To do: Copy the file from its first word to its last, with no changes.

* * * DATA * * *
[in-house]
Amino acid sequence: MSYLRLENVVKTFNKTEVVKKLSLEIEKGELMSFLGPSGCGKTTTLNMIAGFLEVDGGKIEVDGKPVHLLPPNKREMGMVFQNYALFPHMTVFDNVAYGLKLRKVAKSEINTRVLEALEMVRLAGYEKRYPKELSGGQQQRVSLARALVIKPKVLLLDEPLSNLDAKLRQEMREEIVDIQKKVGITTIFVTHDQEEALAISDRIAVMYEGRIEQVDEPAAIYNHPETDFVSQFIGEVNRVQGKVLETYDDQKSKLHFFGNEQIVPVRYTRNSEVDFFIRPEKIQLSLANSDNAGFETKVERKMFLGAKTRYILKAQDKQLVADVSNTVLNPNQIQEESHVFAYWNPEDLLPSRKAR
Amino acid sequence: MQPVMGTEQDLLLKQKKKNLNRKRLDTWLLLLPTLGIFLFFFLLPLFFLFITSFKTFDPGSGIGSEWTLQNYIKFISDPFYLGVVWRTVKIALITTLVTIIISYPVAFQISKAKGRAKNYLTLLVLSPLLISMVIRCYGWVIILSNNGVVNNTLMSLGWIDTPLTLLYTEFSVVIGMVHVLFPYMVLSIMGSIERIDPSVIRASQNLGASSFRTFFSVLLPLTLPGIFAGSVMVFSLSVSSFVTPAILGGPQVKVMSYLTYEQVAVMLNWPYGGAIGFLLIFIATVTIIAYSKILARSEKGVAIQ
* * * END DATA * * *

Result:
[in-house]
Amino acid sequence: MSYLRLENVVKTFNKTEVVKKLSLEIEKGELMSFLGPSGCGKTTTLNMIAGFLEVDGGKIEVDGKPVHLLPPNKREMGMVFQNYALFPHMTVFDNVAYGLKLRKVAKSEINTRVLEALEMVRLAGYEKRYPKELSGGQQQRVSLARALVIKPKVLLLDEPLSNLDAKLRQEMREEIVDIQKKVGITTIFVTHDQEEALAISDRIAVMYEGRIEQVDEPAAIYNHPETDFVSQFIGEVNRVQGKVLETYDDQKSKLHFFGNEQIVPVRYTRNSEVDFFIRPEKIQLSLANSDNAGFETKVERKMFLGAKTRYILKAQDKQLVADVSNTVLNPNQIQEESHVFAYWNPEDLLPSRKAR
Amino acid sequence: MQPVMGTEQDLLLKQKKKNLNRKRLDTWLLLLPTLGIFLFFFLLPLFFLFITSFKTFDPGSGIGSEWTLQNYIKFISDPFYLGVVWRTVKIALITTLVTIIISYPVAFQISKAKGRAKNYLTLLVLSPLLISMVIRCYGWVIILSNNGVVNNTLMSLGWIDTPLTLLYTEFSVVIGMVHVLFPYMVLSIMGSIERIDPSVIRASQNLGASSFRTFFSVLLPLTLPGIFAGSVMVFSLSVSSFVTPAILGGPQVKVMSYLTYEQVAVMLNWPYGGAIGFLLIFIATVTIIAYSKILARSEKGVAIQ